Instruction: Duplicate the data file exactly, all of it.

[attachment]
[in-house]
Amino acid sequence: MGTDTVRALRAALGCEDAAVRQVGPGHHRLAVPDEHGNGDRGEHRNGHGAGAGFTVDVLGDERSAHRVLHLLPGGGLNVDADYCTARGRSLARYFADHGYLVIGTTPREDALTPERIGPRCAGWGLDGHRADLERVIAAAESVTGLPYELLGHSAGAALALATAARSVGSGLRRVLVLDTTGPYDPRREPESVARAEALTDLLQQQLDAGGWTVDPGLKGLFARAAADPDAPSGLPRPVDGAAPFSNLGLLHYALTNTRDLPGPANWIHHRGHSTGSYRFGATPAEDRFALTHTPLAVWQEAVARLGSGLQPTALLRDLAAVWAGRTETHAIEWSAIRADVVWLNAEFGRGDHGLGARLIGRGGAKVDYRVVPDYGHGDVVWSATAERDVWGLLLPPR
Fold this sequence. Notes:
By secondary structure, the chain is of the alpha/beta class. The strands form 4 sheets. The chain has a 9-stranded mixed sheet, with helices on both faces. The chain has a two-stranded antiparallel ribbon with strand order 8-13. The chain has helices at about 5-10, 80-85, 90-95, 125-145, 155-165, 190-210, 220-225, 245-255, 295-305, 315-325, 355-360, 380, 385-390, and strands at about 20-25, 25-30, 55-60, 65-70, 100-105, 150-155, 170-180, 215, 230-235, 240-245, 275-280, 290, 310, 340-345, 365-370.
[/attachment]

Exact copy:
[in-house]
Amino acid sequence: MGTDTVRALRAALGCEDAAVRQVGPGHHRLAVPDEHGNGDRGEHRNGHGAGAGFTVDVLGDERSAHRVLHLLPGGGLNVDADYCTARGRSLARYFADHGYLVIGTTPREDALTPERIGPRCAGWGLDGHRADLERVIAAAESVTGLPYELLGHSAGAALALATAARSVGSGLRRVLVLDTTGPYDPRREPESVARAEALTDLLQQQLDAGGWTVDPGLKGLFARAAADPDAPSGLPRPVDGAAPFSNLGLLHYALTNTRDLPGPANWIHHRGHSTGSYRFGATPAEDRFALTHTPLAVWQEAVARLGSGLQPTALLRDLAAVWAGRTETHAIEWSAIRADVVWLNAEFGRGDHGLGARLIGRGGAKVDYRVVPDYGHGDVVWSATAERDVWGLLLPPR
Fold this sequence. Notes:
By secondary structure, the chain is of the alpha/beta class. The strands form 4 sheets. The chain has a 9-stranded mixed sheet, with helices on both faces. The chain has a two-stranded antiparallel ribbon with strand order 8-13. The chain has helices at about 5-10, 80-85, 90-95, 125-145, 155-165, 190-210, 220-225, 245-255, 295-305, 315-325, 355-360, 380, 385-390, and strands at about 20-25, 25-30, 55-60, 65-70, 100-105, 150-155, 170-180, 215, 230-235, 240-245, 275-280, 290, 310, 340-345, 365-370.